KIRKPATRICK, District Judge.
This is a proceeding to review an order under the Longshoremen's and Harbor Workers' Compensation Act, 33 U.S.C.A. § 901 et seq., awarding compensation to Nellie Butler, widow of Walter Butler. The Commissioner found as facts that Walter Butler sustained injuries in the course of his employment on July 28, 1938, including cerebral concussion and multiple contusions; that total disability resulted from the injury, until his death on August 8, 1939; and that his death occurred "as a result of carcinoma affecting the right lung and adjacent tissues and organs; that the carcinoma was caused or aggravated by trauma sustained * * * July 28, 1938."
It seems hardly necessary to advert to the construction placed by the Courts upon 33 U.S.C.A. § 921, that the review authorized by the Act for findings of the commissioner "not in accordance with law" is limited to ascertaining whether such findings are supported by competent evidence. If the findings are supported by such evidence, they are conclusive, and this applies as well to logical conclusions and inferences which may be and are taken by the deputy commissioner from the facts so established. Del Vecchio v. Bowers, 296 U.S. 280, 56 S. Ct. 190, 80 L. Ed. 229; Voehl v. Indemnity Ins. Co. of North America, 288 U.S. 162, 163, 53 S. Ct. 380, 77 L. Ed. 676, 87 A.L.R. 245; Crowell v. Benson, 285 U.S. 22, 52 S. Ct. 285, 76 L. Ed. 598.
In the light of these principles it is difficult to see any justification for this proceeding for review. Taking only the evidence of Dr. Beltram, called as a witness by the employer, who saw Butler the day after he was injured, the facts show that Butler's main injuries "centered about the skull, the lower part of the back which we term so-called dorso-lumbar region." It also appears from his wife's testimony that soon after he was taken to the hospital he began spitting blood, a symptom which he complained of to Dr. Beltram. A year later he died as a result of a carcinoma which seemed to have had its origin in the left pleura, but which had spread so as to involve the entire left lung and part of the right lung. There is thus a history of trauma in a part of the body which could have affected and probably did affect the interior regions in which the cancer was found, followed by death from cancer. There is also denifite opinion testimony to the effect that the injury to the back started the cancer.
There is evidently a sharp divergence of scientific opinion upon the point whether trauma can ever be the inducing cause of cancer, but even the physician who testified that in his opinion it could not be, conceded that there is respectable authority upon the other side.
There was also testimony from an expert called by the employer to the effect that the cancer must have existed at the time of the injury and that it would have caused death in any event, but, of course, testimony that a cancer may be produced by trauma necessarily carries the conclusion that an existing cancer would be aggravated by it. And the employer's expert in answer to the question, "* * * is it correct in assuming that the accident would aggravate the existing cancerous mass that he had which compelled him to continue spitting blood?" said, "Well, if you mean by the production of another symptom, if you mean by that aggravation, I would say yes, another symptom was produced."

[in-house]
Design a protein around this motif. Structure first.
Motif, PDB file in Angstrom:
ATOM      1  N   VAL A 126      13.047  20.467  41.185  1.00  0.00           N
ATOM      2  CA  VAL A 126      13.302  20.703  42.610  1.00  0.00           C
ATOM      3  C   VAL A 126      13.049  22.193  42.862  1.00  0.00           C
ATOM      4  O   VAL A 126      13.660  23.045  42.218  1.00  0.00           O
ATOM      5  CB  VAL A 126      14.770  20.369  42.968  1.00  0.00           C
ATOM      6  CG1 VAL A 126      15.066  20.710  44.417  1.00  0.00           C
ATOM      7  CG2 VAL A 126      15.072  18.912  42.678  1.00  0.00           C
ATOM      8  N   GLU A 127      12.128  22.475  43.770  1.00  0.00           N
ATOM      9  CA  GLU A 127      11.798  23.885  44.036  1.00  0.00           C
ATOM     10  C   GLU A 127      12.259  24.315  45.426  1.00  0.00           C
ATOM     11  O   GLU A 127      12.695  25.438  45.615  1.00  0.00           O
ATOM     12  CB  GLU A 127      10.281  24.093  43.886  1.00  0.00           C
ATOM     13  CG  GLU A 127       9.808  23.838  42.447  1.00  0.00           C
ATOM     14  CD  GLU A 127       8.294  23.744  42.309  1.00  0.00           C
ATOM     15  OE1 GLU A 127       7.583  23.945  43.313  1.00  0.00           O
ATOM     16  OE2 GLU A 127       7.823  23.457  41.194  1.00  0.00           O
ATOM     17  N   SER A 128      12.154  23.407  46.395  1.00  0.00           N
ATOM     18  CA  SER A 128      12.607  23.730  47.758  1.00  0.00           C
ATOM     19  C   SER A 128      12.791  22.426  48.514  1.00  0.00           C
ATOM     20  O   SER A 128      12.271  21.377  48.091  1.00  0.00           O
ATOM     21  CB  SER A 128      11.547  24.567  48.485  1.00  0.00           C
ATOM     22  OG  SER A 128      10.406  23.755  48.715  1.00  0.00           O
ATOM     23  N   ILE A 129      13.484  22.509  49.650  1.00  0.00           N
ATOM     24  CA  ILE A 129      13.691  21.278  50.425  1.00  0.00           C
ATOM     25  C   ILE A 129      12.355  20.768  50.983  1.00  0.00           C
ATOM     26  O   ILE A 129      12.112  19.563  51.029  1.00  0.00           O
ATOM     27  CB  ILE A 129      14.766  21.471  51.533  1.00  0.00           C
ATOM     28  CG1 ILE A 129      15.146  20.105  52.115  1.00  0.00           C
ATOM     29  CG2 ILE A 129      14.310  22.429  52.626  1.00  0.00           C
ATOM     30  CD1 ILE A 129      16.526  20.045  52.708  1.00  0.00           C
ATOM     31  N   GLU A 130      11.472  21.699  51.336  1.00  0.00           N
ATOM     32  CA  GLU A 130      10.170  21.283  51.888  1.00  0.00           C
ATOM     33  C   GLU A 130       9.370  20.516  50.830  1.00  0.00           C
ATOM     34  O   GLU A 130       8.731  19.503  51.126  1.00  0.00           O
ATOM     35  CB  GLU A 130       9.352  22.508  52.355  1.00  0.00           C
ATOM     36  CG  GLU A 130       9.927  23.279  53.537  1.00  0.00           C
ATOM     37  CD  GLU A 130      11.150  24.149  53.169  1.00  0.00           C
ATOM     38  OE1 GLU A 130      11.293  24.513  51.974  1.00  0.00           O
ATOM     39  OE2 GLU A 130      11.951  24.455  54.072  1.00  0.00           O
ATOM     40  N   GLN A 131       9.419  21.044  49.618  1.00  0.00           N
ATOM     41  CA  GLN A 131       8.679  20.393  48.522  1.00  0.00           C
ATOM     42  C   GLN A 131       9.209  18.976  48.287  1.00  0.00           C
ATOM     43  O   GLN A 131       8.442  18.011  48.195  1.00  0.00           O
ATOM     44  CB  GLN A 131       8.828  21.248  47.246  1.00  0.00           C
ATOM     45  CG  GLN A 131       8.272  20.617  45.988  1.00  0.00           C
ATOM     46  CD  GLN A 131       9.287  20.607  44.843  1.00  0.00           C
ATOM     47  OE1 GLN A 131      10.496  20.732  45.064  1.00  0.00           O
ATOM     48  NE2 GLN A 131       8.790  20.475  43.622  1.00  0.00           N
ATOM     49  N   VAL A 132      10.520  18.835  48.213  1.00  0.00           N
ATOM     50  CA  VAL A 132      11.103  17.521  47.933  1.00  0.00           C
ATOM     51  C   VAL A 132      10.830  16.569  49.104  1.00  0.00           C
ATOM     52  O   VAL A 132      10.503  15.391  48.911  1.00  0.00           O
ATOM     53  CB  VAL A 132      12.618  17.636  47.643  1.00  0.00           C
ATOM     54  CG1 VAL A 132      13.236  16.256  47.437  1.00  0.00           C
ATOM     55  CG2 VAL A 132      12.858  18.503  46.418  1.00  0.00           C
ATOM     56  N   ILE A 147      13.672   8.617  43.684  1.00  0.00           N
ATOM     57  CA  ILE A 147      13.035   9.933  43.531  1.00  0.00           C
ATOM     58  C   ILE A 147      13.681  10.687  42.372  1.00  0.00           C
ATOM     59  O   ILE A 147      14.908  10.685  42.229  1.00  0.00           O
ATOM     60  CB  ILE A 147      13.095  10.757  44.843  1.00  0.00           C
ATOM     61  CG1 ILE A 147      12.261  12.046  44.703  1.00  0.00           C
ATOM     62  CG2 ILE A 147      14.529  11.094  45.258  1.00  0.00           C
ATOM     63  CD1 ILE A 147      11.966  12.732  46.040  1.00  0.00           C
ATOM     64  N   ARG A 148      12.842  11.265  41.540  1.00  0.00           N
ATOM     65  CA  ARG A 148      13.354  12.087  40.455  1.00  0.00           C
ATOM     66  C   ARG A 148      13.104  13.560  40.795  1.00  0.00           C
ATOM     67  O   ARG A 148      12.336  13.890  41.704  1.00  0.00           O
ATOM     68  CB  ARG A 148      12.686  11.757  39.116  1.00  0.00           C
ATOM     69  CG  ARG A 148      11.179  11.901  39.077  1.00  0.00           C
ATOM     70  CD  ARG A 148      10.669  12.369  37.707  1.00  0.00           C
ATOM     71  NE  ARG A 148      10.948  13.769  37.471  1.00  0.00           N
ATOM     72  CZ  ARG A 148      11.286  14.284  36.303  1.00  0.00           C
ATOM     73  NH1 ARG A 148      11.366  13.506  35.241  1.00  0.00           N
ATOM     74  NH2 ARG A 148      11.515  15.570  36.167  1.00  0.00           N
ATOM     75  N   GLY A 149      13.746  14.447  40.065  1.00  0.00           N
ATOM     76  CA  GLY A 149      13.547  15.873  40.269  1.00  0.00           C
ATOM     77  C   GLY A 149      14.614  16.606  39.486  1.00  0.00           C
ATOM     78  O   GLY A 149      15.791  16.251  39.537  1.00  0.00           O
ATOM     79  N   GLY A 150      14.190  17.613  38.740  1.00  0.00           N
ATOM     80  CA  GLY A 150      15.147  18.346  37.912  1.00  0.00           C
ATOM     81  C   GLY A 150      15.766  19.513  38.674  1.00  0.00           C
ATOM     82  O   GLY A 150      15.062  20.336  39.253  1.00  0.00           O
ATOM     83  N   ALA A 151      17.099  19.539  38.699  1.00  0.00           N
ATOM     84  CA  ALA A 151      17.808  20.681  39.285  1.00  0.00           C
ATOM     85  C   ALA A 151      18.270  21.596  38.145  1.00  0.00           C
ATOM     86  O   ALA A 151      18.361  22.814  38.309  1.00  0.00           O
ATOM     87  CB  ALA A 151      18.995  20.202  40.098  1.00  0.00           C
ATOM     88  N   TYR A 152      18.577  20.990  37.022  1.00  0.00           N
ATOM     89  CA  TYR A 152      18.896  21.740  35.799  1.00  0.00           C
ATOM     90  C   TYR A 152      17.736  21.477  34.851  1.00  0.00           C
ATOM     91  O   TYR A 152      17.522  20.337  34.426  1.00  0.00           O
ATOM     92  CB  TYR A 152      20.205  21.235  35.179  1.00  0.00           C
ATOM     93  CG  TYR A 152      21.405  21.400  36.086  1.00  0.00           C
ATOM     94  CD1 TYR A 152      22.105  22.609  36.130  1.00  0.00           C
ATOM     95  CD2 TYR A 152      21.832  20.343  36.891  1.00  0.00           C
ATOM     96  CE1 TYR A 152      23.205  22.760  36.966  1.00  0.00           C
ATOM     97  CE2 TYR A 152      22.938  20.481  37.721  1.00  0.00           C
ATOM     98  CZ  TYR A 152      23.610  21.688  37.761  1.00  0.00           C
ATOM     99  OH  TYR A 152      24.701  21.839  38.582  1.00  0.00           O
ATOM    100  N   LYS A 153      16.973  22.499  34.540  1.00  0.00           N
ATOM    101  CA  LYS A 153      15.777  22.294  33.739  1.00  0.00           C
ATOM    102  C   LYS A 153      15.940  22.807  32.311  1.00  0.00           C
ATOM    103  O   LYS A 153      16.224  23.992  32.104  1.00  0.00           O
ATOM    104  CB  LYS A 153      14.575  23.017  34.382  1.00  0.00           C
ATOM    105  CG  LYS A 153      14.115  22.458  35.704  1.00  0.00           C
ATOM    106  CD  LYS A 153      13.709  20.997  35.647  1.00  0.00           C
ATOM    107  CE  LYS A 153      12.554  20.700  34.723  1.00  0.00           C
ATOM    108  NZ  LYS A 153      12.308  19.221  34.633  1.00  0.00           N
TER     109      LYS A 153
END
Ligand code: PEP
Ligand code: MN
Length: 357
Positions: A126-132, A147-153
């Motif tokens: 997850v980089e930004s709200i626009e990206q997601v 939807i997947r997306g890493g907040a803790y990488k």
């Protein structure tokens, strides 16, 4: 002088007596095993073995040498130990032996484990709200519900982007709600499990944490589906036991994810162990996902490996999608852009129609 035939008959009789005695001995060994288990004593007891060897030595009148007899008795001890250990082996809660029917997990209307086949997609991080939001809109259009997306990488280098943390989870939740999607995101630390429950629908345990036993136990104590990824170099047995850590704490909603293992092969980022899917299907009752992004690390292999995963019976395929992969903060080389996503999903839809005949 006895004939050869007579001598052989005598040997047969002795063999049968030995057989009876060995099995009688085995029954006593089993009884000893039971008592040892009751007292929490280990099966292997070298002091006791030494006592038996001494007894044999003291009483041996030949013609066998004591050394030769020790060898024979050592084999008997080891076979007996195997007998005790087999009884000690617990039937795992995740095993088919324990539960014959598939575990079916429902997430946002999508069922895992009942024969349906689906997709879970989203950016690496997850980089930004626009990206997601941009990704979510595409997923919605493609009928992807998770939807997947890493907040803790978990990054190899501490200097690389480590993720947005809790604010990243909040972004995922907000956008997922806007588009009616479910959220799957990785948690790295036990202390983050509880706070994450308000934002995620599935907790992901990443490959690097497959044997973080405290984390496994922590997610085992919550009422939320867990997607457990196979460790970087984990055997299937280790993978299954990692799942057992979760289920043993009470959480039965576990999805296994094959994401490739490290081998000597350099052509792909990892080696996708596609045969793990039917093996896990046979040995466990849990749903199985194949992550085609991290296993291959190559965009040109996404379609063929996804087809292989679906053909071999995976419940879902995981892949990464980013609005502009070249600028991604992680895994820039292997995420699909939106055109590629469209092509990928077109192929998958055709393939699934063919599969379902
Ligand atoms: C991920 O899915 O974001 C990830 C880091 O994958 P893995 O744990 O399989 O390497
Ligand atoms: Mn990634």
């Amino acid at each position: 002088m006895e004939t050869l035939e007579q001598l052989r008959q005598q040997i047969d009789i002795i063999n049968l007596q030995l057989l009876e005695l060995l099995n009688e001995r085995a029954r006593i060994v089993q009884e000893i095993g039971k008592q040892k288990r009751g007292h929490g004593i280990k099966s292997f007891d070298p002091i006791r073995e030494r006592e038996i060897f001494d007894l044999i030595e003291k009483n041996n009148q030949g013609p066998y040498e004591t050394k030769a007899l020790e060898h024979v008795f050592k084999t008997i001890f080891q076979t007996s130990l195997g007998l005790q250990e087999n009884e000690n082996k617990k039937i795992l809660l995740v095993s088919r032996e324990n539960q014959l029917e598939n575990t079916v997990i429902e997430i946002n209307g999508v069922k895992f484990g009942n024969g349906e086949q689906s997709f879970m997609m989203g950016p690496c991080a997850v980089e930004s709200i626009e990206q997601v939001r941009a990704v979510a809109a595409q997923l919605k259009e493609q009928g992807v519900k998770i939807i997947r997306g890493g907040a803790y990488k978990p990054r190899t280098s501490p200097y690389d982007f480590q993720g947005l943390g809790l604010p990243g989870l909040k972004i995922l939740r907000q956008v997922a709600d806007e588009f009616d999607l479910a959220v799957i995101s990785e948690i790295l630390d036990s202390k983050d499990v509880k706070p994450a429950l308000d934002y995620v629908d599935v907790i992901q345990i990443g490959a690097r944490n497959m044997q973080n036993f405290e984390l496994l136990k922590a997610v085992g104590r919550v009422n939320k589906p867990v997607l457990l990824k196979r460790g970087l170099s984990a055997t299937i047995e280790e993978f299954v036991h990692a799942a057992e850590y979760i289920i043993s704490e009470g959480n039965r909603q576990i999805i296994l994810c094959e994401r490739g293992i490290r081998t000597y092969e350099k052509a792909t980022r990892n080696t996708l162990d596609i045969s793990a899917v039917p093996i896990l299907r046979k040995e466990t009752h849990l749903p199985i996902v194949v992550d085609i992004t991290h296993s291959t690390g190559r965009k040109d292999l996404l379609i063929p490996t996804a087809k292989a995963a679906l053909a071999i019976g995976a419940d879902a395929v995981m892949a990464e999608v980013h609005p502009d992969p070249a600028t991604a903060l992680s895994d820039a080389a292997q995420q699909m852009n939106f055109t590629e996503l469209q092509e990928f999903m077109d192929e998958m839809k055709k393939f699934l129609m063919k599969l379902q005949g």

The Deputy Commissioner's fact finding, upon which the employer's liability was based, was in the alternative, but such finding is entirely proper in a case of this kind. Either Butler had a carcinoma of the lung under way when he was injured, or he did not. There is testimony that, if he did not, the cancer which caused his death was caused by the injury, and, if he did, the inferences logically deducible from the testimony are that it must have aggravated the existing condition. Within the filed of possibilities thus limited, an alternative finding is not contrary to law.
The Superior Court of Pennsylvania, in reviewing an alternative finding by the Compensation Board to the effect that "The hernia responsible for claimant's disability was either caused or aggravated by the blow," said, "The defense interposed [consisted] * * * merely of medical evidence tending to show that the hernia had existed prior to the accident. The finding of the referee was equivalent to saying that, even if this testimony be accepted, it does not amount to a defense against the claim because, under the uncontradicted testimony, disability immediately followed the accident, and aggravation of a chronic ailment, through an accident in the course of employment, is a recognized ground for an award. Jones v. United Iron & Metal Co., 99 Pa.Super. 394; Johnston v. Orcutt et al., 103 Pa.Super. 507, 157 A. 46." Zionek v. Glen Alden Coal Co., 105 Pa.Super. 189, 160 A. 154, 155. "Death resulting from an injury" in Section 2 of the Act, 33 U.S.C.A. § 902(11), covers cases in which an injury aggravates or accelerates an existing condition so that death ensues earlier than it would in the ordinary course, even though the existing condition would have ultimately resulted fatally. See Southern Shipping Co. v. Lawson, D.C., 5 F.Supp. 321, 324, where the Court said that a compensation award was not precluded in a case where a long existing arterial aneurysm was ruptured by exertion, "if his work had some definite, discernible, and proximate relation to the rupture which caused his death."
The bill is dismissed.
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